Friday, March 23, 2012

Buried treasure

While I was clearing away winter debris in preparation for tilling the kitchen garden yesterday, I noticed some very un-weed-like sprouts poking up from one of the garden beds.

I scooped the dirt away from the base and found this.

The greens in the cold frames won't be ready for a few weeks, so this find was like unearthing buried treasure.

While most of the onions that I'd harvested in the fall have long since been eaten (it was a disappointing harvest), and the rest sprouted (not good storage onions at all) and I'd say only half made it to this size (most were the size of golf balls), this robust specimen overwintered beautifully. I pierced the skin of one and it just dripped with sweet living juice. There were several more like this, too.

I noticed some similar sprouts in the garlic bed, even though I didn't plant any cloves here last fall (the kitchen garden is undergoing a renovation, of sorts). A pack of marauding deer had infiltrated the garden late last summer and in one night of debauchery I lost my lettuce, broccoli, brussels sprouts, sunflowers, leeks and all the tops on my garlic and onions. When it came time to harvest, without the greens to guide me, I didn't know where all the cloves and onions were anymore. I thought I'd harvested all of them. Guess not!

Rather than individual cloves, these are fully-sprouted garlic heads, pearly white and smooth, without their papery overcoats.

While Lucas has little to no interest in growing food (he's all over the eating, though) he loves growing garlic. Or the idea of growing garlic. Me growing garlic. Truth be told, maybe he just loves garlic.

When I showed him my find, he dug up one of the garlic heads, pried away a clove, dusted off the dirt and popped one in his mouth. At first it tasted milder than cured garlic, but then delivered a firey kick.

I haven't yet decided what to do with these -- I think I'll roast then mash them, then smear a thick paste over some crusty bread for a early season homemade garlic treat. In the meantime, I have roughly six heads waiting in a basket in our multi-purpose laundry-bathroom-farmcrap room... and it smells delicious in there; a mix of spring earth, greens and of course, garlic. And to think they call it the stinking rose!

It's funny how this tiny harvest has got my green thumbs (and fingers) even more itchy to sink my hands into the sun-warmed earth and get growing. And to think it's only March!

Foto Friday -- (A) Good morning

Wednesday, March 21, 2012

Tiny interloper

When I went to let the chickens out of the barn this morning I noticed the lid on their feed bin was flipped upside-down. Not too unusual, but then I saw there was a small heaping of detritus accumulated in the centre of the lid, which I first dismissed as a mix of shavings, feathers and other chicken debris (i.e. poop).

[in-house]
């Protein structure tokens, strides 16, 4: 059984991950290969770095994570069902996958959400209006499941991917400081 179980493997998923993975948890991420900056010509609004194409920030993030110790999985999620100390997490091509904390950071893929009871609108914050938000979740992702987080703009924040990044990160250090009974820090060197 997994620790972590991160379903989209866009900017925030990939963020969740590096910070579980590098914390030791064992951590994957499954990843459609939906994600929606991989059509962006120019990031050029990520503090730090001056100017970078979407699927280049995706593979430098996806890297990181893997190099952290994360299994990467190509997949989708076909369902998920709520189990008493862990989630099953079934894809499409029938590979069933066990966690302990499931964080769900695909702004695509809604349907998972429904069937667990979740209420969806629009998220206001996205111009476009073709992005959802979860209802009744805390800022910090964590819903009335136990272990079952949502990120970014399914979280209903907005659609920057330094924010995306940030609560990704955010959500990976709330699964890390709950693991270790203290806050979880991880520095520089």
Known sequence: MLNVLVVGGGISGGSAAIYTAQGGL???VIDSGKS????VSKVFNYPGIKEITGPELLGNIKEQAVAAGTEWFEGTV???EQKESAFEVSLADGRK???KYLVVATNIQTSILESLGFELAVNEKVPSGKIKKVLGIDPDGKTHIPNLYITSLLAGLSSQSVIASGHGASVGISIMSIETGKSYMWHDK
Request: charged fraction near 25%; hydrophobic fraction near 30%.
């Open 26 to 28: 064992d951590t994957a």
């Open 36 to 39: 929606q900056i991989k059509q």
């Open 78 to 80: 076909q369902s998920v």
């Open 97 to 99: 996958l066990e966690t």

Then it moved.

I brushed away some of the debris, took a closer look and this is what I found.

A small salamander covered in crud... and kitty litter.

How this tiny creature got from the kitty litter, which is in a separate room, to the top of the chickens' feed bin is completely beyond me.

Even more amazing is that she got past the chickens. (Those hens are fierce carnivores, given half the chance.)

I washed her off and at first I though she was a blue spotted salamander.

On closer inspection, I'm wondering if it's a Jefferson salamander,which is currently listed as "Threatened" under both provincial and federal wildlife acts.

Jeffersons have especially long toes and can release an ooze-like substance when threatened.

This one was certainly sticky as I tried to rinse her off and just look at those toes!

But it does seem somewhat out of its usual range. Most Jeffersons are concentrated in southwestern Ontario, around the southern portion of the Niagara Escarpment and the western portion of the Oak Ridges Moraine. (For all your non-Ontarians, that's about three to four hours west of here.)

Regardless of what kind of salamander she is, I'll keep her only until the kids get home from school so they can help me re-home her -- on the edge of the woodland, close to the stream and ponds, amongst the leaf litter. At least that's where I think she'll go, though I'm not up on the the standard 'endangered salamander release protocol'. Google is no help either.

Unfortunately if it is a Jefferson, they're quite particular about their habitat, which is why they're under threat -- largely due to habitat loss and degradation due to urban development. They don't typically travel far from their birthplace, which makes this barn discovery even more odd. Stranger yet, this isn't a fluke discovery -- each spring I find a one or two salamanders in the barn, which is nowhere near the woodland or the wetland. However, the well that feeds our barn is down by the pond, so perhaps they make their way up through the drain.

It's all a big mystery and I hope this wee creature takes to its new home. But then again, anyplace is better than living in the chicken coop!

* * *
After school photo update:

Bye bye, salamander. Good luck and stand away from the chickens!

Sharing a great idea -- homemade soil blocks

One of the joys of blogging isn't only in the writing, but in the reading. I've learned loads (and found much inspiration) simply by reading other people's blogs. Annie's Kitchen Garden blog is no exception.

In today's post Granny shared a tutorial on homemade soil blocks, which I, in turn, wanted to share with you.

It's such a simple idea, and yet one that I would never have come up with myself. My brain just isn't wired that way.